The last time Jersey Boys came to the National Theatre in Washington, DC, in 2009, it was a sellout and a sensation. The touring production is back now for a 10-week run, an unusually long stay for this theater, and it's as sharp and exhilarating as ever, thanks to Des McAnuff's intense direction and Sergio Trujillo's pulsing choreography.
Too often, the jukebox musical format doesn't succeed because the pieces don't fit together: existing songs may feel shoehorned into an unrelated plot. The genius of Jersey Boys is that book writers Marshall Brickman and Rick Eliceby using the hits of Frankie Valli and the Four Seasons to animate a portrait of the group and its membersnot only make the alchemy work, they make their success look easy.
"Let's face it. We put Jersey on the map," cocky Tommy DeVito (John Gardiner) says as he launches the story of four blue-collar guys who became one of the most popular and best-loved singing groups of the 1960s and 1970s. Brickman and Elice use the "four seasons" name as their narrative hook, beginning with the spring of the group's founding through the summer of success, the fall of hard times, and the winter when the men finally come to terms with each other.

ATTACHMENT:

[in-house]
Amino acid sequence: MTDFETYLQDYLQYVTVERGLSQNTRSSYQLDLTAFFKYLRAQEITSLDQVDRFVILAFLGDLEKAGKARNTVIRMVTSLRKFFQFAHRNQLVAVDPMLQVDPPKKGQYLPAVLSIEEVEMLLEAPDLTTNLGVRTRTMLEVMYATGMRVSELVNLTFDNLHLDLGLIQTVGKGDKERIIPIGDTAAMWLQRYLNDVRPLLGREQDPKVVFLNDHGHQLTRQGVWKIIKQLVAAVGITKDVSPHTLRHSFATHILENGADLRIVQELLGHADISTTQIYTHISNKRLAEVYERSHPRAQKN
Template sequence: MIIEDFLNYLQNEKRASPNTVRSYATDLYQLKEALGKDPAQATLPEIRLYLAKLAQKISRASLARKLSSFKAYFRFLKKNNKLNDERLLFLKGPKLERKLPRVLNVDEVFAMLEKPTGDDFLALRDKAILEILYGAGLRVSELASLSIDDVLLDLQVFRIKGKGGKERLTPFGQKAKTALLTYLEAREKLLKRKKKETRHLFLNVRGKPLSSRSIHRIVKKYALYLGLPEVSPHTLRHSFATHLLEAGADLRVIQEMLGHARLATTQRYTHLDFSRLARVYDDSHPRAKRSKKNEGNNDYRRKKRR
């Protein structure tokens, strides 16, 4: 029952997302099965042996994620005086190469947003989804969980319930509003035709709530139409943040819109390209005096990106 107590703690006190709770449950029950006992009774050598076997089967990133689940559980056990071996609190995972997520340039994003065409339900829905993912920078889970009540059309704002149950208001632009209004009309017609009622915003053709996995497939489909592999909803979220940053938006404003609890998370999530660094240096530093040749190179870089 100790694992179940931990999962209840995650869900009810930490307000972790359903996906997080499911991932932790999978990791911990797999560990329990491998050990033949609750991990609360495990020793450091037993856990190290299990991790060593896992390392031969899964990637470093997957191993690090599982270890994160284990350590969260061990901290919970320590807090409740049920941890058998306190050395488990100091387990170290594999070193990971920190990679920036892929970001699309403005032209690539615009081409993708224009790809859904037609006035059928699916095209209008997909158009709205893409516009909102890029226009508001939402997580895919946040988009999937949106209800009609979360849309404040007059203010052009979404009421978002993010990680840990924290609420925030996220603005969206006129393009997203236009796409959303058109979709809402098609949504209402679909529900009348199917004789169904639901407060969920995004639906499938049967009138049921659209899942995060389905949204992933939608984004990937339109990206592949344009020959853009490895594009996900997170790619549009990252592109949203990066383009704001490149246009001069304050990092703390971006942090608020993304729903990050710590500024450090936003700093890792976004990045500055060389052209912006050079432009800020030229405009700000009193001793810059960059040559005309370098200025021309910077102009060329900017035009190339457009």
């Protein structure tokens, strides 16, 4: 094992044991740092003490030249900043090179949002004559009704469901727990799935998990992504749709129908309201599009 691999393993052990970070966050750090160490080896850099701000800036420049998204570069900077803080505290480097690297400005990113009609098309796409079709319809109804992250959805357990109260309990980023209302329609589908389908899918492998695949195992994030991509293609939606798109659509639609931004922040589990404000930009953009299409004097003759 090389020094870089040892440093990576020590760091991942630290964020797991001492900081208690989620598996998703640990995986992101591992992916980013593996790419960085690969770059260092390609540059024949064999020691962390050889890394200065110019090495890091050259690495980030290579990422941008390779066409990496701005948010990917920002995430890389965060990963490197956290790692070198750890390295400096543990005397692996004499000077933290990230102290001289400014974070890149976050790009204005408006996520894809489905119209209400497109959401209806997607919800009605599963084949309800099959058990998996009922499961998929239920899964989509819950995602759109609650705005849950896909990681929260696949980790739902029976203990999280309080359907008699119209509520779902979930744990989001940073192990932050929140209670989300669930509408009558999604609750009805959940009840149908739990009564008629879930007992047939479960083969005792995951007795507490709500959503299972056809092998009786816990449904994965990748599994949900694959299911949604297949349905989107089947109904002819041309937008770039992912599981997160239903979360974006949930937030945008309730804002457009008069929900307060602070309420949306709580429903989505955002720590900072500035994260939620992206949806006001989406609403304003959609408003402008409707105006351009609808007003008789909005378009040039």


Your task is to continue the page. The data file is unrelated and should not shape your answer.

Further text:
First things first: singly and together, the four leading men are perfect. Joseph Leo Bwarie captures Frankie Valli's ethereal falsetto and compact physicality; Preston Truman Boyd brings a sweetness and innocence to Bob Gaudio; Michael Lomenda captivates as taciturn bass player Nick Massi; and Gardiner swaggers as the man who both founded the group and precipitated its eventual dissolution. And when they sing, the magic begins; the songs are no less effective for being so familiar, and many of them"Sherry," "Big Girls Don't Cry," "Walk Like a Man," etc.earn explosive ovations.
Klara Zieglerova's industrial-inspired scenic design uses a chain link wall and metal bridges and staircases to convey the grittiness of working-class New Jersey towns.
If it isn't already evident, it should be noted that Jersey Boys is a hard-edged, foul-mouthed, testosterone-powered show. The 16-member cast includes only three women, whose primary roles are Valli's wife (Kara Tremel), girlfriend (Lauren Decierdo), and both mother and daughter (Denise Payne), but who also present a kaleidoscopic array of girl-group singers, party girls, and other companions of the Four Seasons.
The National Theatre